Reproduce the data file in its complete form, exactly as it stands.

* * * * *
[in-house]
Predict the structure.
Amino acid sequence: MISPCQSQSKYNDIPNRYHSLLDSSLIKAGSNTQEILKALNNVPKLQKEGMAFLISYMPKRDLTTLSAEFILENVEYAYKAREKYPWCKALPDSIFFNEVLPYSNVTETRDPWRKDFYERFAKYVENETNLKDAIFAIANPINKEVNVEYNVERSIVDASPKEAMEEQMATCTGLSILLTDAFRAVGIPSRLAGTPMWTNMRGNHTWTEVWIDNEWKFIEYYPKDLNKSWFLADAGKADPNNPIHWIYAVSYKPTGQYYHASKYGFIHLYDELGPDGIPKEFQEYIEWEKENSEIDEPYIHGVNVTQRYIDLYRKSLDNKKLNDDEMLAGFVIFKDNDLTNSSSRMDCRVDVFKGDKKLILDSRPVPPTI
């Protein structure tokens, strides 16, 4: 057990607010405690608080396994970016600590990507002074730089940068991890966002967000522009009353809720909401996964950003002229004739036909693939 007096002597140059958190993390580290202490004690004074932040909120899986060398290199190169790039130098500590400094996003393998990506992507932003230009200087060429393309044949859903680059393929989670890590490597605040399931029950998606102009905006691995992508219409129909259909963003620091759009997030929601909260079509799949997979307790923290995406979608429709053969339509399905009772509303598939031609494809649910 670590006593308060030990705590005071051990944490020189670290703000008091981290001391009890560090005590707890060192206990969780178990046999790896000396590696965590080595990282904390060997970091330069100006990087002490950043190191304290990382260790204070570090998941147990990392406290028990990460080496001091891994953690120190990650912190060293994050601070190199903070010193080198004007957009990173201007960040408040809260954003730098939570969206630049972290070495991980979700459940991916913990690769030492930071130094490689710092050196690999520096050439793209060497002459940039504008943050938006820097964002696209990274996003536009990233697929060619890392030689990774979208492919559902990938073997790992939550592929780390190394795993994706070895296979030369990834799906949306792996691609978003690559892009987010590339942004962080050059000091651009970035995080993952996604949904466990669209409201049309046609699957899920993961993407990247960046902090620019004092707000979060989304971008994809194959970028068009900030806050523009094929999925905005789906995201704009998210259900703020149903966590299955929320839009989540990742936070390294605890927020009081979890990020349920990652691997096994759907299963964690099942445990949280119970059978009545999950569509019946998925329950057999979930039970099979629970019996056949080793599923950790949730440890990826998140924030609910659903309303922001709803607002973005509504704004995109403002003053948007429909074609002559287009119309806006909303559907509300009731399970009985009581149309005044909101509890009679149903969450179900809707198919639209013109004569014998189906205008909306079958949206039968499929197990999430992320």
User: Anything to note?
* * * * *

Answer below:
[in-house]
Predict the structure.
Amino acid sequence: MISPCQSQSKYNDIPNRYHSLLDSSLIKAGSNTQEILKALNNVPKLQKEGMAFLISYMPKRDLTTLSAEFILENVEYAYKAREKYPWCKALPDSIFFNEVLPYSNVTETRDPWRKDFYERFAKYVENETNLKDAIFAIANPINKEVNVEYNVERSIVDASPKEAMEEQMATCTGLSILLTDAFRAVGIPSRLAGTPMWTNMRGNHTWTEVWIDNEWKFIEYYPKDLNKSWFLADAGKADPNNPIHWIYAVSYKPTGQYYHASKYGFIHLYDELGPDGIPKEFQEYIEWEKENSEIDEPYIHGVNVTQRYIDLYRKSLDNKKLNDDEMLAGFVIFKDNDLTNSSSRMDCRVDVFKGDKKLILDSRPVPPTI
């Protein structure tokens, strides 16, 4: 057990607010405690608080396994970016600590990507002074730089940068991890966002967000522009009353809720909401996964950003002229004739036909693939 007096002597140059958190993390580290202490004690004074932040909120899986060398290199190169790039130098500590400094996003393998990506992507932003230009200087060429393309044949859903680059393929989670890590490597605040399931029950998606102009905006691995992508219409129909259909963003620091759009997030929601909260079509799949997979307790923290995406979608429709053969339509399905009772509303598939031609494809649910 670590006593308060030990705590005071051990944490020189670290703000008091981290001391009890560090005590707890060192206990969780178990046999790896000396590696965590080595990282904390060997970091330069100006990087002490950043190191304290990382260790204070570090998941147990990392406290028990990460080496001091891994953690120190990650912190060293994050601070190199903070010193080198004007957009990173201007960040408040809260954003730098939570969206630049972290070495991980979700459940991916913990690769030492930071130094490689710092050196690999520096050439793209060497002459940039504008943050938006820097964002696209990274996003536009990233697929060619890392030689990774979208492919559902990938073997790992939550592929780390190394795993994706070895296979030369990834799906949306792996691609978003690559892009987010590339942004962080050059000091651009970035995080993952996604949904466990669209409201049309046609699957899920993961993407990247960046902090620019004092707000979060989304971008994809194959970028068009900030806050523009094929999925905005789906995201704009998210259900703020149903966590299955929320839009989540990742936070390294605890927020009081979890990020349920990652691997096994759907299963964690099942445990949280119970059978009545999950569509019946998925329950057999979930039970099979629970019996056949080793599923950790949730440890990826998140924030609910659903309303922001709803607002973005509504704004995109403002003053948007429909074609002559287009119309806006909303559907509300009731399970009985009581149309005044909101509890009679149903969450179900809707198919639209013109004569014998189906205008909306079958949206039968499929197990999430992320």
User: Anything to note?